Dr. Paul Hawley
U.S. Department of Veterans Affairs
December 19, 2022
Head of VA Department of Medicine and Surgery led efforts to modernize the agency
Dr. Paul Hawley led the growth of VA's medical department during the agency's significant expansion following World War II.
Millions of U.S. soldiers returned to the United States after the end of World War II, swelling the Veteran population. Their vast needs for medical care were overwhelming the Veterans Administration, which was undergoing a major expansion.
Shortly after President Truman appointed General Omar Bradley, a senior U.S. Army officer, as the new VA administrator, Bradley named Major General Paul Hawley to lead the VA Medical Department. Hawley, the Army’s chief surgeon during World War II, was well familiar with the medical needs of wounded and returning service members. He sought to address the flood of military personnel who needed medical care.
Bradley and Hawley recruited more high-profile leaders to VA, including Dr. Paul Magnuson, a highly regarded academic surgeon from Chicago who became the VA Assistant Chief Medical Director for Research and Education.
Hawley was associated with VA for nearly two years. During that time, he helped enact a measure (Public Law 293) that led to a rebirth of the agency’s near-dormant medical research program, among other accomplishments.
Efforts led to dramatic increase in VA hospital staff
According to “A Historical Look at the Establishment of the Department of Veterans Affairs Research & Development Program” by Dr. Marguerite Hays, Bradley, Hawley, and Magnuson collaborated to push the concept of a VA medical corps through Congress. In his staunch support of Public Law 293, which created sweeping changes to Veterans’ health care, including the launching of VA’s Department of Medicine and Surgery, Hawley told the Senate:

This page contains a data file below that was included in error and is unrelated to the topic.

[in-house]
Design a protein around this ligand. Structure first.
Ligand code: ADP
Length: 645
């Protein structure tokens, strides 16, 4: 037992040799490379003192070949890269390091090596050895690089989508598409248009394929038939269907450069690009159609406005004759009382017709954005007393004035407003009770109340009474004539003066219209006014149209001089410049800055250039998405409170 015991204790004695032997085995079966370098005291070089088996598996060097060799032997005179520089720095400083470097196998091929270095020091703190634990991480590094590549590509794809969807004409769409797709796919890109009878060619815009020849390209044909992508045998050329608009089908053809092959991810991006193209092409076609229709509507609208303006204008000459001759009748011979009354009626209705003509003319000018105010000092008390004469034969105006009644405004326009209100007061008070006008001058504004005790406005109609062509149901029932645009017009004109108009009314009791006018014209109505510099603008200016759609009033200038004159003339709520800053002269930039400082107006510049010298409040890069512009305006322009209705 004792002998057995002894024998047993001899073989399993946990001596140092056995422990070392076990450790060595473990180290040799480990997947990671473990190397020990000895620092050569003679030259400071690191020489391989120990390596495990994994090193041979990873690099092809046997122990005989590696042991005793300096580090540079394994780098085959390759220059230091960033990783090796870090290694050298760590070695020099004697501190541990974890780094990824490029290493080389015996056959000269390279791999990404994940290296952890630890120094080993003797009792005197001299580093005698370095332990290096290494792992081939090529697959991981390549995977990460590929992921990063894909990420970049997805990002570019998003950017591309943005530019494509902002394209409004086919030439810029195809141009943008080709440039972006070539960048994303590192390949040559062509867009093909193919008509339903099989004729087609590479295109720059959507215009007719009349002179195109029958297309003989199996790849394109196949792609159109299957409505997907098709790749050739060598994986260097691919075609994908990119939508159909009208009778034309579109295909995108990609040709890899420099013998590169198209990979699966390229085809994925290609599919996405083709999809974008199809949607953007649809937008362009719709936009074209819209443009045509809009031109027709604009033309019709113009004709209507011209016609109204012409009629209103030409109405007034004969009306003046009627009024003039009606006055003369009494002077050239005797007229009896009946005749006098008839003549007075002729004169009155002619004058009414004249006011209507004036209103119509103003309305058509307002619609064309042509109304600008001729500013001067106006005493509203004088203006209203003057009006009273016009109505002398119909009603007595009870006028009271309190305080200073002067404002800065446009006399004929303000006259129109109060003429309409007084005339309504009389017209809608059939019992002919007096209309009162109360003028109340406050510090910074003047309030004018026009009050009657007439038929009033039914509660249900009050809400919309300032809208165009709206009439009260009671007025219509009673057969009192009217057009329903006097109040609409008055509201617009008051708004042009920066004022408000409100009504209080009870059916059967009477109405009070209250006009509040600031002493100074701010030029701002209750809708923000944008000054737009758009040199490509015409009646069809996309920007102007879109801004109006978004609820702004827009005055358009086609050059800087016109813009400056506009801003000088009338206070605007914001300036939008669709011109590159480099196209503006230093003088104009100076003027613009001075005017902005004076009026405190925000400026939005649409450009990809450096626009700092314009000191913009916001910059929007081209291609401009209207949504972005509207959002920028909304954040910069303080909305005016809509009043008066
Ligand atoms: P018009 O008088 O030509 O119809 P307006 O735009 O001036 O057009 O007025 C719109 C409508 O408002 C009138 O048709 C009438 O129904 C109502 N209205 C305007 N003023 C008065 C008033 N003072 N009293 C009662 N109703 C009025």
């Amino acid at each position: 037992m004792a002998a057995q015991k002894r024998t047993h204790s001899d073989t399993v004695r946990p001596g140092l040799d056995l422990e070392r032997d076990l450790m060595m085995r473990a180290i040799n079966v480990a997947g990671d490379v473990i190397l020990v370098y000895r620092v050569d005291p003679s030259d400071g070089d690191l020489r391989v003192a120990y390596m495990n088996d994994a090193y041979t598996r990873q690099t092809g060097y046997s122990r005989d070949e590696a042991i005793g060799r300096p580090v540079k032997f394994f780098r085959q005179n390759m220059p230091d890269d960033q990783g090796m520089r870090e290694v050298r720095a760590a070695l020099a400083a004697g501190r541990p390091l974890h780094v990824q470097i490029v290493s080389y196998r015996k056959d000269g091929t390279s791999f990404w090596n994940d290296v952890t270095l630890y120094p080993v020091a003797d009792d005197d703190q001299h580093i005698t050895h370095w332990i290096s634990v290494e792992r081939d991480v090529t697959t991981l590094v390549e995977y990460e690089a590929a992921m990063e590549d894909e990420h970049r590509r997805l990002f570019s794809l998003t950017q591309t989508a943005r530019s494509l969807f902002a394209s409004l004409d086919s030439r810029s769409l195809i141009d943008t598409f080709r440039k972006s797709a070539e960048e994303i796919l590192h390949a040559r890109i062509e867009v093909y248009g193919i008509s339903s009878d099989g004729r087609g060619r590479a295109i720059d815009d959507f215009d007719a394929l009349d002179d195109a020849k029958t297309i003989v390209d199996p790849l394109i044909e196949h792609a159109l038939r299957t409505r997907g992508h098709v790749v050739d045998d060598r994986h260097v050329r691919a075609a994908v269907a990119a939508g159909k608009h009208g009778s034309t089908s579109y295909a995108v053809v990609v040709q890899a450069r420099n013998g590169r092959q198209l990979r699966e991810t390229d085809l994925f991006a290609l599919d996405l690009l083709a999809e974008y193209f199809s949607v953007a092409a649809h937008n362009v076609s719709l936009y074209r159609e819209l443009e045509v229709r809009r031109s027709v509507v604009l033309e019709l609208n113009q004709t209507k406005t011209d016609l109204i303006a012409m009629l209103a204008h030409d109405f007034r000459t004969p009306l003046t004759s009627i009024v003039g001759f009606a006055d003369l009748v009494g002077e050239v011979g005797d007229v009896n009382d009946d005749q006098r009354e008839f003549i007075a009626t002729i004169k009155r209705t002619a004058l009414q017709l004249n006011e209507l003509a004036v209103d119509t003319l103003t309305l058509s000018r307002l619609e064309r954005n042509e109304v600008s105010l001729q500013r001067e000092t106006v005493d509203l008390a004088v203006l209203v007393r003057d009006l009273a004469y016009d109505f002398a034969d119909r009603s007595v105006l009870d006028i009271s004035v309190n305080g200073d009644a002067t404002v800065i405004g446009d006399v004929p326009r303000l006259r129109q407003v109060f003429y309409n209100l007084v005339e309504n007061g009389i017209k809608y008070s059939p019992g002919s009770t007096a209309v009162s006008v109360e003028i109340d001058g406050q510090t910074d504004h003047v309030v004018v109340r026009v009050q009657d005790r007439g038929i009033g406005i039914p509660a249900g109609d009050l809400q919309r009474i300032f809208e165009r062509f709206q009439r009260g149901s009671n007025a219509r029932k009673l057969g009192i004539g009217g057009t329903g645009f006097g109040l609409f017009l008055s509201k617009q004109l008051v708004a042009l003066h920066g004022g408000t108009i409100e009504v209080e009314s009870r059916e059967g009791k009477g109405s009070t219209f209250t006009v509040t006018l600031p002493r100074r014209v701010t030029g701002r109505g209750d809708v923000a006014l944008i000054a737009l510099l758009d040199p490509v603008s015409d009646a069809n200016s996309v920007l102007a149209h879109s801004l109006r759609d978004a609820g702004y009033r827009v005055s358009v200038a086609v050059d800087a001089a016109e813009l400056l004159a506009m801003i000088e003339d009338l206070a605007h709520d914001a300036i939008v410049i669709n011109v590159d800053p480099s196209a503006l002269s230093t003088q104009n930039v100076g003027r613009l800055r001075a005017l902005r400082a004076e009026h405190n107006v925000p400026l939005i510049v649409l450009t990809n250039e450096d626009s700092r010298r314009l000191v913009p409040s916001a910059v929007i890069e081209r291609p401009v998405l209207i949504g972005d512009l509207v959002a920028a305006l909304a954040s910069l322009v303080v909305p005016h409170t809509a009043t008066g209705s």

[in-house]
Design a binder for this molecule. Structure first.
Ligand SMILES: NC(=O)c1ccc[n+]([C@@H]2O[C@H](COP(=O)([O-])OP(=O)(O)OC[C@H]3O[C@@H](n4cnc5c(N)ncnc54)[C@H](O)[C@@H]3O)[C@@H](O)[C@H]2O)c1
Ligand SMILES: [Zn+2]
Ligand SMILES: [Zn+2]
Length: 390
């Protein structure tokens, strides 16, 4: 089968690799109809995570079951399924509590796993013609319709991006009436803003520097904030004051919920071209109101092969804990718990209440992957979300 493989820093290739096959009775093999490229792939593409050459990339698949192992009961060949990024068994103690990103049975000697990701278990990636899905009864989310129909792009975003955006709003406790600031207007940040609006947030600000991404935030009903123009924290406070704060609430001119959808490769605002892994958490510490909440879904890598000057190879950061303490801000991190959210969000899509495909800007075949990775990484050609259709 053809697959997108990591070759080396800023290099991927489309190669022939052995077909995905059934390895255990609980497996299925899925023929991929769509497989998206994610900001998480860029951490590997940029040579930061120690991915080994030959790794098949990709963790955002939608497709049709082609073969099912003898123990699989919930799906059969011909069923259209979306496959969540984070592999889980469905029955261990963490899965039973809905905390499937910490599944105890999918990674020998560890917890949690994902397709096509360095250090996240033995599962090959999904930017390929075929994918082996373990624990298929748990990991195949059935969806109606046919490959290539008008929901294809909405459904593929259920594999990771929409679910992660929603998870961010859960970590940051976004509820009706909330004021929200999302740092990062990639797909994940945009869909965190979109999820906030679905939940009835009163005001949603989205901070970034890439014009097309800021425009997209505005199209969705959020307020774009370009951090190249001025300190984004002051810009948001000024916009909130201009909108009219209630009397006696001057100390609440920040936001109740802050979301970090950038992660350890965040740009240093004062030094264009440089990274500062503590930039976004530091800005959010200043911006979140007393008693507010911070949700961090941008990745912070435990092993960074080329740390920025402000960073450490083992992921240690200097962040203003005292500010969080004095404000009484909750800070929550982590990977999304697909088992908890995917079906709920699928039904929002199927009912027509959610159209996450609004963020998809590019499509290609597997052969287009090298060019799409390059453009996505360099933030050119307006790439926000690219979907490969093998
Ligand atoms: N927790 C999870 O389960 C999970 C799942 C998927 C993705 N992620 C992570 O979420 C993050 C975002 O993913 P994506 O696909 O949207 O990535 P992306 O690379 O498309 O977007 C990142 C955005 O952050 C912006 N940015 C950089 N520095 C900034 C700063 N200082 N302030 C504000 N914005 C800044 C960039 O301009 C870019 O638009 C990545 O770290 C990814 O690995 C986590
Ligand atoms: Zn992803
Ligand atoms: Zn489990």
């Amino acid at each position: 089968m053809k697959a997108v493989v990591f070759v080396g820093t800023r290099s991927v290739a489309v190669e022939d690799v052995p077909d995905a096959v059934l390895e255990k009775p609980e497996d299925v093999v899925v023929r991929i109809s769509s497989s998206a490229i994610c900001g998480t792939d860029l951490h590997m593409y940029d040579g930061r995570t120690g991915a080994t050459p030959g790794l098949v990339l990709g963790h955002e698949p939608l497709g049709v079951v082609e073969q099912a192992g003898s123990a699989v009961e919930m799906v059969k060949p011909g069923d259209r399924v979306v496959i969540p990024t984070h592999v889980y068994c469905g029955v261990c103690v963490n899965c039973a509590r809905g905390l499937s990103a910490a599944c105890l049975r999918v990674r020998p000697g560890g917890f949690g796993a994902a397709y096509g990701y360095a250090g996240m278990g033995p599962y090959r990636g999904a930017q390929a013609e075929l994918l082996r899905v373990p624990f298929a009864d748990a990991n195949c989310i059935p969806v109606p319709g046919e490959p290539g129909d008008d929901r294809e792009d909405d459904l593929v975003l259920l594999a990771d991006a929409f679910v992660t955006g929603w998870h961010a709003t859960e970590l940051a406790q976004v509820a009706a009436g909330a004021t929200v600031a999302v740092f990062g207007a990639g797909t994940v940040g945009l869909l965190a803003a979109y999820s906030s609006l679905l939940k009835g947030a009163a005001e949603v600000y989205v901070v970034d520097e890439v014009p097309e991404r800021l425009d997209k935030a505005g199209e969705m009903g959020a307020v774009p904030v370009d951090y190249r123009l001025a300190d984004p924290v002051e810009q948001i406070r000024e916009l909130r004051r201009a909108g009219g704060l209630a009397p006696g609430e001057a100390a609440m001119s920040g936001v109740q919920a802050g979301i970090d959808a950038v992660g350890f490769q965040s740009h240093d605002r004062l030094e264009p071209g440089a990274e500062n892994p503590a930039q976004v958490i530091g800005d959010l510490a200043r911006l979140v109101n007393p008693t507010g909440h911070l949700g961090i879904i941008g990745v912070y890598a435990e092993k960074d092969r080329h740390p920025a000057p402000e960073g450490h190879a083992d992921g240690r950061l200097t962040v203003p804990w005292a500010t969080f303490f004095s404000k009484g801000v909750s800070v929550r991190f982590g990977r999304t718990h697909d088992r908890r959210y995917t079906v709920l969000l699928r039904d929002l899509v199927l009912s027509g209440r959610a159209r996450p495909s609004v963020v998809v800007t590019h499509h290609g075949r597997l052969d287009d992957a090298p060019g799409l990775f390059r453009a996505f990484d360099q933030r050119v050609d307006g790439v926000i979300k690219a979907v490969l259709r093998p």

“Unless [Public Law 293] is enacted into law at once, before the recess of Congress, the Medical Service of the Veterans Administration will suffer further grave consequences, which may be irreparable. In the interests of thousands of disabled Veterans who have by their sacrifices earned better medical care than they are now receiving, I urge immediate action on this bill.”
Truman signed the measure into law on Jan. 3, 1946. It enabled VA to recruit and retain top medical personnel by modifying the civil service system.
Hawley, a master planner, was also instrumental in linking VA medicine with the nation’s medical schools. He fought to locate VA hospitals alongside medical schools, giving VA access to specialty care—as well as interns, clerks, and residents—not available in many areas where Congress was trying to direct the construction of new VA facilities.
Every physician would be a `Veteran’s physician’
Equipped with the freedom to hire doctors, improve salaries, and partner with medical schools for the first time, VA’s Department of Medicine and Surgery thrived. Under the new law, physicians leaving the military could now be quickly hired as staff physicians in VA hospitals. Hawley’s goal was to have “every physician in each community designated as a Veteran’s physician,” Hays wrote. He believed physicians and surgeons were the backbone of the nation’s medical system and gave them primary credit for the much-reduced casualty rates in World War II.
During Hawley’s tenure, VA increased its full-time staff of doctors from 600 to more than 4,000. VA hospitals gained about 1,000 residents, after having no physicians in training prior to 1946. Plus, VA’s beneficiary population reached 4 million, and nearly half of VA’s 124 hospitals were affiliated with medical schools. Hawley had dramatically increased the number of physicians, nurses, and social workers employed by VA.
Born in West College Corner, Indiana on Jan. 31, 1891, Hawley attended Indiana University and graduated with a bachelor’s degree. He later earned his medical degree at the University of Cincinnati College of Medicine.
Hawley was commissioned a first lieutenant in the U.S. Army Medical Reserve Corps in 1916. He reached the rank of Major General. After a 30-year career in the Army Medical Corps and his stint in VA, he served as executive director of the American College of Surgeons from 1950 to 1961. He passed away at age 74 on Nov. 24, 1965, following a battle with cancer, and is buried at Arlington National Cemetery in Virginia.